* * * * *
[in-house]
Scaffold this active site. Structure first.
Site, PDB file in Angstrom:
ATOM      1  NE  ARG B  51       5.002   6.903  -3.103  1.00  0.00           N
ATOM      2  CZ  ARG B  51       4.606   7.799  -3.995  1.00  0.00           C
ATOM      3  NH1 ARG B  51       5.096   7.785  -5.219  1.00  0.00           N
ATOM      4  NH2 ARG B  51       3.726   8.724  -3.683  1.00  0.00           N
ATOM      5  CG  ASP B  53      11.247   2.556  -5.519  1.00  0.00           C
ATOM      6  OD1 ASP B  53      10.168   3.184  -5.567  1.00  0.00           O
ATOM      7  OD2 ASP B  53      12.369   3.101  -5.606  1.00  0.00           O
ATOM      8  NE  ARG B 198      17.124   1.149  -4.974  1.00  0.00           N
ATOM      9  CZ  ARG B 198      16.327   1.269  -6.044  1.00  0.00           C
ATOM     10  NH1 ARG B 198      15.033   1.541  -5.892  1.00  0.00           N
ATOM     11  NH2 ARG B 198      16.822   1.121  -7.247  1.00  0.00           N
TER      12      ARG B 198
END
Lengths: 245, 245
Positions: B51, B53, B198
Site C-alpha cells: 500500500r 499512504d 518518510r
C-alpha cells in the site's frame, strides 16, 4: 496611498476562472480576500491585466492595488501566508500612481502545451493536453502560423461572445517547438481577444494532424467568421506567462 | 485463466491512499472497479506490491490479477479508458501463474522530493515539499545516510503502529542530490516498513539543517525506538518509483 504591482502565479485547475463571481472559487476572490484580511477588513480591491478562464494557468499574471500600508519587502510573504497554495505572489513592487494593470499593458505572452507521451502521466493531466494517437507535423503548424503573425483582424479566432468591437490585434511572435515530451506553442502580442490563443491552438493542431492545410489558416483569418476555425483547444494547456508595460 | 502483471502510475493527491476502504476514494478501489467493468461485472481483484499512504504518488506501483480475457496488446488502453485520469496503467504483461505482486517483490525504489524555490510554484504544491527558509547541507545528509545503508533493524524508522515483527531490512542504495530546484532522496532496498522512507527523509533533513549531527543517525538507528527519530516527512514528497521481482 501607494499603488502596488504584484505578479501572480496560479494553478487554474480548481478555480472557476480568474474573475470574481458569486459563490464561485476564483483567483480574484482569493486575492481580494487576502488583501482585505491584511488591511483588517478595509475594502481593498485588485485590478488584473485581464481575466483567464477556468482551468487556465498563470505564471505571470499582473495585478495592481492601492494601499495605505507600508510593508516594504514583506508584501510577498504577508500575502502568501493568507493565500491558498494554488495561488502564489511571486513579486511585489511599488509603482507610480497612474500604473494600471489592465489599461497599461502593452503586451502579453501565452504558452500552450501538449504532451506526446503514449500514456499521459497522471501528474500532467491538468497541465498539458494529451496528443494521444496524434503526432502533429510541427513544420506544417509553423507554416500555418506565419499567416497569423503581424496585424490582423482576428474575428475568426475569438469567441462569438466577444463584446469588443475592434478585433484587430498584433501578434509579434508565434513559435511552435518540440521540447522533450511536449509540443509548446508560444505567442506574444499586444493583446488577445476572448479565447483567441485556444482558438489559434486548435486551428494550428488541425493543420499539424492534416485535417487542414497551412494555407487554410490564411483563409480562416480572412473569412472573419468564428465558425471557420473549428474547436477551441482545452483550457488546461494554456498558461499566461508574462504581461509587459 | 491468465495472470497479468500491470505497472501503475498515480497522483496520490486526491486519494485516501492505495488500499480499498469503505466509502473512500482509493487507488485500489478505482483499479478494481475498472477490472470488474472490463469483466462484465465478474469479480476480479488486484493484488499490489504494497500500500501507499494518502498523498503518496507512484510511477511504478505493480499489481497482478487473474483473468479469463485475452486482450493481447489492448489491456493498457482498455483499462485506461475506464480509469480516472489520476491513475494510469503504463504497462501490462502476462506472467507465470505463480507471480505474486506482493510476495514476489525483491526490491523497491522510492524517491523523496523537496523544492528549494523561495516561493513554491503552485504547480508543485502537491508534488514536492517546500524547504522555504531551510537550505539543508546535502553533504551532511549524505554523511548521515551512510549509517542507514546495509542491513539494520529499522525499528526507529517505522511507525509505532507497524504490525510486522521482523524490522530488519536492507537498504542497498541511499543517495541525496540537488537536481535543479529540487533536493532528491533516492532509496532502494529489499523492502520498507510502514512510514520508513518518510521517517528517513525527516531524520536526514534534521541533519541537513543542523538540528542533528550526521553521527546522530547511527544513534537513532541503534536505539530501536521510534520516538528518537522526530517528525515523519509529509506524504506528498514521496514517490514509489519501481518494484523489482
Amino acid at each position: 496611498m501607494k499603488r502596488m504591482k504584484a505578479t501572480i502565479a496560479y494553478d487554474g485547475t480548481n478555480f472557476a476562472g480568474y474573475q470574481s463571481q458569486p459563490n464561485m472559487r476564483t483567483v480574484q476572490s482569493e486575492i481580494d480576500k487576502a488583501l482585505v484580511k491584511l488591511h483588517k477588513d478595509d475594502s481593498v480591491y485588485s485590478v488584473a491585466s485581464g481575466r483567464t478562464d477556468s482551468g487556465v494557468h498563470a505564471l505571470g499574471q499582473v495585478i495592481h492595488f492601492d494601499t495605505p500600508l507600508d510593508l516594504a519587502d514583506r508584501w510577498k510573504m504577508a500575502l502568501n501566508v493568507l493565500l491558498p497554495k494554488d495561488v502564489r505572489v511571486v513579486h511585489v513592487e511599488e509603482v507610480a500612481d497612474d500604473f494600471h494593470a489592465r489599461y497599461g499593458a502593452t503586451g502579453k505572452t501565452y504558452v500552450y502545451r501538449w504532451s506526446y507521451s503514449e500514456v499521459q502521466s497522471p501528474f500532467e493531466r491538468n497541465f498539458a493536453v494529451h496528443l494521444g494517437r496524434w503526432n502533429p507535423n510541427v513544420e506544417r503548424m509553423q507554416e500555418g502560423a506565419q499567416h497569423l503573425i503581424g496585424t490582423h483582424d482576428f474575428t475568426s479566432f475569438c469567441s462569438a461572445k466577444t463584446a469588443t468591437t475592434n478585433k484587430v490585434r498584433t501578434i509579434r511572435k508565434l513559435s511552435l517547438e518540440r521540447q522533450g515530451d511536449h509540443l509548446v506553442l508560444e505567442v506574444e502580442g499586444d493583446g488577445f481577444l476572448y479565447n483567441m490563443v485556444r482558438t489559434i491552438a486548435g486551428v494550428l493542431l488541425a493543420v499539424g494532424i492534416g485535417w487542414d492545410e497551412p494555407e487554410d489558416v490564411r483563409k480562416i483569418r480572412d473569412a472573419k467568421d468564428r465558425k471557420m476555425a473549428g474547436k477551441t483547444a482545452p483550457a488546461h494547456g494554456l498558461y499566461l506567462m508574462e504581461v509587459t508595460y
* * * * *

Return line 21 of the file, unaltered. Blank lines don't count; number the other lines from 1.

Amino acid at each position: 496611498m501607494k499603488r502596488m504591482k504584484a505578479t501572480i502565479a496560479y494553478d487554474g485547475t480548481n478555480f472557476a476562472g480568474y474573475q470574481s463571481q458569486p459563490n464561485m472559487r476564483t483567483v480574484q476572490s482569493e486575492i481580494d480576500k487576502a488583501l482585505v484580511k491584511l488591511h483588517k477588513d478595509d475594502s481593498v480591491y485588485s485590478v488584473a491585466s485581464g481575466r483567464t478562464d477556468s482551468g487556465v494557468h498563470a505564471l505571470g499574471q499582473v495585478i495592481h492595488f492601492d494601499t495605505p500600508l507600508d510593508l516594504a519587502d514583506r508584501w510577498k510573504m504577508a500575502l502568501n501566508v493568507l493565500l491558498p497554495k494554488d495561488v502564489r505572489v511571486v513579486h511585489v513592487e511599488e509603482v507610480a500612481d497612474d500604473f494600471h494593470a489592465r489599461y497599461g499593458a502593452t503586451g502579453k505572452t501565452y504558452v500552450y502545451r501538449w504532451s506526446y507521451s503514449e500514456v499521459q502521466s497522471p501528474f500532467e493531466r491538468n497541465f498539458a493536453v494529451h496528443l494521444g494517437r496524434w503526432n502533429p507535423n510541427v513544420e506544417r503548424m509553423q507554416e500555418g502560423a506565419q499567416h497569423l503573425i503581424g496585424t490582423h483582424d482576428f474575428t475568426s479566432f475569438c469567441s462569438a461572445k466577444t463584446a469588443t468591437t475592434n478585433k484587430v490585434r498584433t501578434i509579434r511572435k508565434l513559435s511552435l517547438e518540440r521540447q522533450g515530451d511536449h509540443l509548446v506553442l508560444e505567442v506574444e502580442g499586444d493583446g488577445f481577444l476572448y479565447n483567441m490563443v485556444r482558438t489559434i491552438a486548435g486551428v494550428l493542431l488541425a493543420v499539424g494532424i492534416g485535417w487542414d492545410e497551412p494555407e487554410d489558416v490564411r483563409k480562416i483569418r480572412d473569412a472573419k467568421d468564428r465558425k471557420m476555425a473549428g474547436k477551441t483547444a482545452p483550457a488546461h494547456g494554456l498558461y499566461l506567462m508574462e504581461v509587459t508595460y